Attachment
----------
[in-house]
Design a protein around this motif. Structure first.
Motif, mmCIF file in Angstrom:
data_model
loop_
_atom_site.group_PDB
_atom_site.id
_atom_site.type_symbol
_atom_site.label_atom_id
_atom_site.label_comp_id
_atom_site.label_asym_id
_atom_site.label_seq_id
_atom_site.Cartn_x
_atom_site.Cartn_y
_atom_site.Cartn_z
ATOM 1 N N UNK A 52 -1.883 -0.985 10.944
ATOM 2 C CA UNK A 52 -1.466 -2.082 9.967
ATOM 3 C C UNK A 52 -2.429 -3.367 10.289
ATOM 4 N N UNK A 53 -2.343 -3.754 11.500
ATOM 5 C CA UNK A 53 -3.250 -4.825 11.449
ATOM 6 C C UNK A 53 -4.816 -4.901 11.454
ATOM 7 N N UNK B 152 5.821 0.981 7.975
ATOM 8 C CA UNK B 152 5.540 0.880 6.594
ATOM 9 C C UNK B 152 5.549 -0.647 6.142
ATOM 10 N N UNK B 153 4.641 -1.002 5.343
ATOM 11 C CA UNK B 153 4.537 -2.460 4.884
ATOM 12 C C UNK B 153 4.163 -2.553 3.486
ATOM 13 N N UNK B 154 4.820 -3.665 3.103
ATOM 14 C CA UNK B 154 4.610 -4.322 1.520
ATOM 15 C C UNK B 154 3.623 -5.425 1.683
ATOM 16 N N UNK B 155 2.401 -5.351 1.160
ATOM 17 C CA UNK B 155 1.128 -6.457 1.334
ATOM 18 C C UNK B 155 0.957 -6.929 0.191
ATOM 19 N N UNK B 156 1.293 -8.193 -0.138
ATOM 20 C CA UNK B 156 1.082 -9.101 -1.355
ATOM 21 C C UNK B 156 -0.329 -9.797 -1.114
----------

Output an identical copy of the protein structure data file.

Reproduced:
[in-house]
Design a protein around this motif. Structure first.
Motif, mmCIF file in Angstrom:
data_model
loop_
_atom_site.group_PDB
_atom_site.id
_atom_site.type_symbol
_atom_site.label_atom_id
_atom_site.label_comp_id
_atom_site.label_asym_id
_atom_site.label_seq_id
_atom_site.Cartn_x
_atom_site.Cartn_y
_atom_site.Cartn_z
ATOM 1 N N UNK A 52 -1.883 -0.985 10.944
ATOM 2 C CA UNK A 52 -1.466 -2.082 9.967
ATOM 3 C C UNK A 52 -2.429 -3.367 10.289
ATOM 4 N N UNK A 53 -2.343 -3.754 11.500
ATOM 5 C CA UNK A 53 -3.250 -4.825 11.449
ATOM 6 C C UNK A 53 -4.816 -4.901 11.454
ATOM 7 N N UNK B 152 5.821 0.981 7.975
ATOM 8 C CA UNK B 152 5.540 0.880 6.594
ATOM 9 C C UNK B 152 5.549 -0.647 6.142
ATOM 10 N N UNK B 153 4.641 -1.002 5.343
ATOM 11 C CA UNK B 153 4.537 -2.460 4.884
ATOM 12 C C UNK B 153 4.163 -2.553 3.486
ATOM 13 N N UNK B 154 4.820 -3.665 3.103
ATOM 14 C CA UNK B 154 4.610 -4.322 1.520
ATOM 15 C C UNK B 154 3.623 -5.425 1.683
ATOM 16 N N UNK B 155 2.401 -5.351 1.160
ATOM 17 C CA UNK B 155 1.128 -6.457 1.334
ATOM 18 C C UNK B 155 0.957 -6.929 0.191
ATOM 19 N N UNK B 156 1.293 -8.193 -0.138
ATOM 20 C CA UNK B 156 1.082 -9.101 -1.355
ATOM 21 C C UNK B 156 -0.329 -9.797 -1.114